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What I Know Now That I Wish I Knew Then: Anne DeGheest, MedStars and HealthTech Capital
Written by Anne DeGheest // 25 August 2011 // Entrepreneur

The best angel investors are really “mentor capitalists” at heart, investing capital for not just a financial return, but the opportunity to share their experience and networks. They are driven to do whatever it takes: fixing the product bugs, changing market strategy, dedicating themselves to getting the company off the ground, investors, advisors and/or board members.

The entrepreneur’s relationship to such people must be based on openness and honesty: sharing the good, the bad and the ugly. Often entrepreneurs fall in love with their ideas and cannot answer the famous "So what" questions: what is the value proposition? Who make customer decisions? Who pays and why? The entrepreneur has to articulate clearly why there is a large market that has to have this new products now. Proactive investors, advisors and board members can help answer these questions.

Often the right people for these relationships are industry veterans who have built a business in the entrepreneur’s industry from the ground up, and have known failure as well as success. As “business architects”, they can teach the intricacies of market strategy and finance. They often seek both stock for their “sweat equity” and preferred stock for own cash investment. This aligns them with founders and other common shareholders. Properly recruited they can be one of the biggest factors in a business’s success.

MedStars and HealthTech Capital invest in Niveus
Written by Anne DeGheest // 26 July 2011 // Entrepreneur, Angel funding
For the last 2 years, I have been mentoring Brian Fahey, the founder of Niveus who is now closing on a $2 Million series A from major angel groups. 

My angel group, HealthTech Capital, played a key role with our members investing directly around $600,000. By sharing our due diligence with other angel groups, we helped in creating a powerfull value add syndicate.

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FDA drafts mobile medical app regulations
Written by Anne DeGheest // 22 July 2011 // Entrepreneur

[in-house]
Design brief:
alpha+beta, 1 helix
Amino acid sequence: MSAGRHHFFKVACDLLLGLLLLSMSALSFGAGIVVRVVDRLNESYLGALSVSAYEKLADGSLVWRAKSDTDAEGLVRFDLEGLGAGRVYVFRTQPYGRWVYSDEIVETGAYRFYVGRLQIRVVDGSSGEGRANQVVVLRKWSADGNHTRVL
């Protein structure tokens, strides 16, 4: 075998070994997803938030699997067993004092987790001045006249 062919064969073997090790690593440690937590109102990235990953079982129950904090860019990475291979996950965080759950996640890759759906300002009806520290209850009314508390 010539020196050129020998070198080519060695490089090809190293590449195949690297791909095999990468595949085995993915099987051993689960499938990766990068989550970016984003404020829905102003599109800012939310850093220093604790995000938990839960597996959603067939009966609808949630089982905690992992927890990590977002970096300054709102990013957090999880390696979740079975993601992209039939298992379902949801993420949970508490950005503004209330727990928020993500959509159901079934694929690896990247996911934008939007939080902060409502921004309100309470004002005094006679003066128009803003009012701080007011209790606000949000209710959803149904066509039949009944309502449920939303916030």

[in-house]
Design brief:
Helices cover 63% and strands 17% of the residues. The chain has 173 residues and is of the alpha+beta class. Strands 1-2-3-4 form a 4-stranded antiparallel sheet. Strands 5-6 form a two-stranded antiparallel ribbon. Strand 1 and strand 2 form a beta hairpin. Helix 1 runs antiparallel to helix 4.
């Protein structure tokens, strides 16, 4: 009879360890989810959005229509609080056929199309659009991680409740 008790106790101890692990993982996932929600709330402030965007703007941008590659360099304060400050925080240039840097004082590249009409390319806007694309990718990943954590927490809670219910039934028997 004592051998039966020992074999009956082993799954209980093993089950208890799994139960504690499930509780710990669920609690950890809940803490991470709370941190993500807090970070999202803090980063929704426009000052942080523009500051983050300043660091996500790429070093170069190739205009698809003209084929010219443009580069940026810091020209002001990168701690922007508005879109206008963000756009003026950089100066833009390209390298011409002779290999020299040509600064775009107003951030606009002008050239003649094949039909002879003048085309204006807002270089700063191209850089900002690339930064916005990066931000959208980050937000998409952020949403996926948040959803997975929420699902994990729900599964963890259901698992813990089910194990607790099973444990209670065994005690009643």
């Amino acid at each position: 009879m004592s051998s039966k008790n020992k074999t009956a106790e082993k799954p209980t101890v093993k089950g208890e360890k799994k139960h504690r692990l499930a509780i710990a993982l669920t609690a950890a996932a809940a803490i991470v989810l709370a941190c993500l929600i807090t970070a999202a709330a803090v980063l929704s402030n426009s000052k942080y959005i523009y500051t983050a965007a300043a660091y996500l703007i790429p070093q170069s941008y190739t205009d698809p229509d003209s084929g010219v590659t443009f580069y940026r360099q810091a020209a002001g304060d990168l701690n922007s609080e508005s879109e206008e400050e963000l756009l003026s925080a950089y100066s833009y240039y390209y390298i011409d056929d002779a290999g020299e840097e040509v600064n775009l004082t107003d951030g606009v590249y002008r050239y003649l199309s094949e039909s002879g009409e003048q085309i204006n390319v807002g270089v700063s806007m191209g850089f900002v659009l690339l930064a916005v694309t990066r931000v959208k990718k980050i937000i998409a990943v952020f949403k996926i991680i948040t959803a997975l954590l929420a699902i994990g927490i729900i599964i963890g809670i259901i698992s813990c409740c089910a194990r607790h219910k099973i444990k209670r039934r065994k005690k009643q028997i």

Check Brian Dolan thorough review of the new FDA draft for mobile medical applications

As part of its draft guidance the FDA, of course, had to sketch out its very particular definition of a mobile medical app. The agency broke the definition into three parts: mobile platform, mobile app, and mobile medical application. A mobile platform is a commercial off-the-shelf computing platform “with or without wireless connectivity” that is handheld. Mobile apps are software that can be run on a mobile platform or a Web-based software application that is designed for the mobile platform.   Finally, a mobile medical app is one that meets the definition of "device" according to the FD&C Act, but for this set of draft regulation it also must be "used as an accessory to a regulated medical device" or it must "transform a mobile platform into a regulated medical device."

 Apps that would not be regulated and Apps that would be regulated

Health Care Information Technology: Venture's New Darling?
Written by Anne DeGheest // 20 July 2011 // Entrepreneur
As traditional venture-like returns are harder to generate from drug development and medtech plays, some frustrated VCs see new opportunities in health care information technology, an area many have traditionally avoided Paul Bonanos, Start-Up 06/01/2011 

"....With health care costs spiraling upwards, VCs see an opportunity to create businesses via IT to cut costs out of the health care system. Government initiatives such as the Affordable Care Act and the HITECH Act are galvanizing a tech-ready industry that has been slow to adopt new procedures and may provide VCs with potential new buyers for their fledgling companies".

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Angels with green wings: Investors support innovative health-care ventures
Written by Anne DeGheest // 17 April 2011 // Angel funding, Entrepreneur

On April 12, 2011, Mary Beth Hislop from the Los Altos Crier wrote an article about Anne DeGheest's efforts with her new angel group HealthTech Capital:  Health care was a $2.5 trillion industry in 2009 - in 2007, $2.2 trillion. It's a safe bet that amount was higher last year, and will be again in 2011.  So when seasoned angel investor and Los Altos Hills resident Anne DeGheest realized that 80 percent of that money is spent on health-care delivery systems, she saw an opportunity for investors to support innovations designed to reduce the costs of delivering health care. With a master's degree in engineering from the University of Belgium, a master's degree in business administration from Harvard University and 25 years' investing experience with MedStars Ventures Partners, De Gheest launched Los Altos Hills-based HealthTech Capital in June 2010. Unlike other health-care investor groups that focus on funding startup companies for therapeutic drugs or medical devices, HealthTech's goal is to support technological innovations that improve health-care delivery and reduce costs.  "Our sweet spot has minimal or no government regulation oversight by the Food and Drug Administration or centers for Medicare and Medicaid services," DeGheest said.  What makes HealthTech's business model special is that startup support involves more than monetary funding. "(This) is a new private-equity investment model that leverages professional investment management oversight with the collegiality and shared expertise found in organized angel-investor groups," she said.

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